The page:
I always think about the transfer of knowledge. My definition is active abstraction of underlying principles and ideas, then applying them to new situations. Essentially, I want to apply what I’ve learned from one situation to other similar or even dissimilar situations. To me, what is valuable is higher-order thinking such as synthesis of knowledge, creative application, analysis of situations etc.
I understand that the best way to apply what you’ve learned is to… well, apply what you’ve learned. However, not everything has tangible ways for direct application. This is not application in the sense of “practice applying this new formula to the practice questions” or “Practice using this new library in your program” or “Make 10 serves with this new tennis serving technique”.
My “application” is more like:
OK. I’ve learned this concept of ‘The Outside View’, what can I do with it so that it’ll be useful in the real-life?
Creative insight might be a better phrase than transfer of knowledge or big-picture thinking.
It’s like the story of applying the Pythagorean Theorem to see whether a table could fit through the door:
1. You learned a2 + b2 = c2 in school
2. When the problem appeared, such formula probably did not even register in the consciousness
3. Somehow this creative insight struck: “Maybe the Pythagorean Theorem is helpful?”
4. Successfully applied something you’ve learned a long time ago to a new situation
The following tumor-and-rays experiment exactly highlights my concerns.
From ”Why Don’t Students Like School?“:
Suppose you are a doctor faced with a patient who has a malignant tumor in his stomach. […] There is a kind of ray that can be used to destroy the tumor. If the rays reach the tumor all at once at a sufficiently high intensity, the tumor will be destroyed. Unfortunately, at this intensity the healthy tissue the rays pass through on the way to the tumor will also be destroyed. At lower intensities the rays are harmless to healthy tissue, but they will not affect the tumor either. What type of procedure might be used to destroy the tumor with the rays and at the same time avoid destroying the healthy tissue?
If a subject didn’t solve it—and most couldn’t—the experimenter told him or her the solution: send a number of rays of low intensity from different directions and have them all converge on the tumor; that way each weak ray can safely pass through the healthy tissue, but all of the rays will meet at the tumor, so it will be destroyed. The experimenter made sure the subjects understood the solution, then presented them with the following problem:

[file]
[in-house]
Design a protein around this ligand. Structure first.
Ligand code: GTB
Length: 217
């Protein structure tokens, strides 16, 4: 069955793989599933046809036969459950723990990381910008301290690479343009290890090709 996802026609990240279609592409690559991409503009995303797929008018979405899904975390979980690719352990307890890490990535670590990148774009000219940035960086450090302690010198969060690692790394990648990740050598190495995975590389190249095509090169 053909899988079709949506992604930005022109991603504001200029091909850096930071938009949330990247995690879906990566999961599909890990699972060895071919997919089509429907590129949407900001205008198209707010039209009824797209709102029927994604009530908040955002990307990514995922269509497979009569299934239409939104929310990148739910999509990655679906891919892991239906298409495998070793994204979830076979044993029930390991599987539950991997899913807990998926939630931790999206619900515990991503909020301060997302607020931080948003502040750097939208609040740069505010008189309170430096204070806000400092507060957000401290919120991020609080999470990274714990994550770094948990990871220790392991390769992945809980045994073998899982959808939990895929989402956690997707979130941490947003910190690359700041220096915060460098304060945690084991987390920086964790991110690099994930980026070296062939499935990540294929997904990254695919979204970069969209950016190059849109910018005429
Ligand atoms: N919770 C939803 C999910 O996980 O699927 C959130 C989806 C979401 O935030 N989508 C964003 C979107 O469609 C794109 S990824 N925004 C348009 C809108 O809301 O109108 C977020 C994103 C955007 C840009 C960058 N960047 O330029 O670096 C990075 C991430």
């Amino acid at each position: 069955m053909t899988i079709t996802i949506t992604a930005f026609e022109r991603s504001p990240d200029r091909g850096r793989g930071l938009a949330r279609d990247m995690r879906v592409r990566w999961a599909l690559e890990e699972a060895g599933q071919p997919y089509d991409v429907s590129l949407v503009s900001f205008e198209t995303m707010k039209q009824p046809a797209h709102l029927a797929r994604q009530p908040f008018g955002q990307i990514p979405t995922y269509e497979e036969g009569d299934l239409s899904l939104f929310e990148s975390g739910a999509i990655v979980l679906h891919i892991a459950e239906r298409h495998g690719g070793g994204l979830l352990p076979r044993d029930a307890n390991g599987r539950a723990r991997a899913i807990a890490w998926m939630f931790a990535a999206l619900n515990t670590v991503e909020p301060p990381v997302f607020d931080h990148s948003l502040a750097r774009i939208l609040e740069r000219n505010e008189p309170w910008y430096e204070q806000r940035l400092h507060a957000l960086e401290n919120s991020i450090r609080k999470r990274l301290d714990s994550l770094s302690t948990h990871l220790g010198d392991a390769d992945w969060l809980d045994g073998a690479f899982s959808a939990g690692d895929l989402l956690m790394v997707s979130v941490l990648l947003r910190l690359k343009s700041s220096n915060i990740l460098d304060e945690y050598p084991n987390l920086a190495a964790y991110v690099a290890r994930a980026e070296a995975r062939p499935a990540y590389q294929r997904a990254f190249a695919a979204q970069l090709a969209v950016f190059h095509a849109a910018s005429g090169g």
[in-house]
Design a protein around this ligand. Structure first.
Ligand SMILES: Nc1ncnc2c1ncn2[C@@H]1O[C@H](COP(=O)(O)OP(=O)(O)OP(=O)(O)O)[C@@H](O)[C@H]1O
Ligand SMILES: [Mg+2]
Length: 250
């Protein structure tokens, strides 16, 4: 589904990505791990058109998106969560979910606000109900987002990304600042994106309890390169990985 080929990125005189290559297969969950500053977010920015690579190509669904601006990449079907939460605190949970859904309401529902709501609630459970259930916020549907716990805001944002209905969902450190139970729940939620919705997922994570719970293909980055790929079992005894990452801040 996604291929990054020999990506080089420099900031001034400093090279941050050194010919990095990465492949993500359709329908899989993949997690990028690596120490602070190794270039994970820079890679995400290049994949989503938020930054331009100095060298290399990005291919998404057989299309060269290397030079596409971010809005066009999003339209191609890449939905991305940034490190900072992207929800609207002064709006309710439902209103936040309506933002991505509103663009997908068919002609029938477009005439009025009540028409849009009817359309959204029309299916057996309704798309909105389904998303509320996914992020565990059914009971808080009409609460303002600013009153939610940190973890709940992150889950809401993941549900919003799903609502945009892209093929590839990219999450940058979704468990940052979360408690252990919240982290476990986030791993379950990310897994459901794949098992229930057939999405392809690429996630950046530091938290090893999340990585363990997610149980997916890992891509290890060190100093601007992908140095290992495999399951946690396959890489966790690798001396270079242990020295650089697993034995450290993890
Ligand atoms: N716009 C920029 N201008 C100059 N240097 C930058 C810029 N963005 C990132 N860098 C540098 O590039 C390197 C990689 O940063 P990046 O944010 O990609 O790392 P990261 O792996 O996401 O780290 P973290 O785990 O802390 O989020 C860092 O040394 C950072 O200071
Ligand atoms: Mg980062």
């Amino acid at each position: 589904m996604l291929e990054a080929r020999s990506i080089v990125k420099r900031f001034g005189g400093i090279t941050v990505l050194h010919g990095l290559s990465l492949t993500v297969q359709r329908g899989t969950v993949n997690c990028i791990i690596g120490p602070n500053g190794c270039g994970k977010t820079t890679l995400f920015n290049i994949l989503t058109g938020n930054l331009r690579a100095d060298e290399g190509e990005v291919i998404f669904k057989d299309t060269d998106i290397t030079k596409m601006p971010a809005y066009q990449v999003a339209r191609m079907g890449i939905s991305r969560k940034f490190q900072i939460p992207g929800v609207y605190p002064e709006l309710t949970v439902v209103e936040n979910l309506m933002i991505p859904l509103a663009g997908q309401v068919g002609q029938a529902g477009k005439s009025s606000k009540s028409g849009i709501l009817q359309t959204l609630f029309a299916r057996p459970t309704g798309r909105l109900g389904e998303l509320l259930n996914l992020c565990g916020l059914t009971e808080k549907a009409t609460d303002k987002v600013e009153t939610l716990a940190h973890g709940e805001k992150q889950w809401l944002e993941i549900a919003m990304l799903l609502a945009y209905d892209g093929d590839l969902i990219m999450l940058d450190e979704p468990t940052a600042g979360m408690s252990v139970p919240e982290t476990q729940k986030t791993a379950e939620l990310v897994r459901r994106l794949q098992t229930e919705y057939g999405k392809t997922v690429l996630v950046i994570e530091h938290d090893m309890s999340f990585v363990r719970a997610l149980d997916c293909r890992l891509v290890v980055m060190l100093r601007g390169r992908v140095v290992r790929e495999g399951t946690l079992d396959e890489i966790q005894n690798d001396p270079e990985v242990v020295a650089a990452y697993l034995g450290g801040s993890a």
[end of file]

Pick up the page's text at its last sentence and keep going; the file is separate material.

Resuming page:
A dictator ruled a small country from a fortress. The fortress was situated in the middle of the country, and many roads radiated outward from it, like spokes on a wheel. A great general vowed to capture the fortress and free the country of the dictator. The general knew that if his entire army could attack the fortress at once, it could be captured. But a spy reported that the dictator had planted mines on each of the roads. The mines were set so that small bodies of men could pass over them safely, because the dictator needed to be able to move troops and workers about; however, any large force would detonate the mines. Not only would this activity blow up the road, but the dictator would destroy many villages in retaliation. How could the general attack the fortress?
The two problems have the same deep structure: when combined forces will cause collateral damage, scatter your forces and have them converge from different directions on the point of attack. That solution may seem obvious, but it wasn’t obvious to the subjects. Only 30 percent solved the second problem, even though they had just heard the conceptually identical problem and its solution.
The researchers who did the tumor-and-rays experiment also tried telling the subjects, “Hey, that problem about the tumor and the rays might help you in solving this problem about armies and a fortress.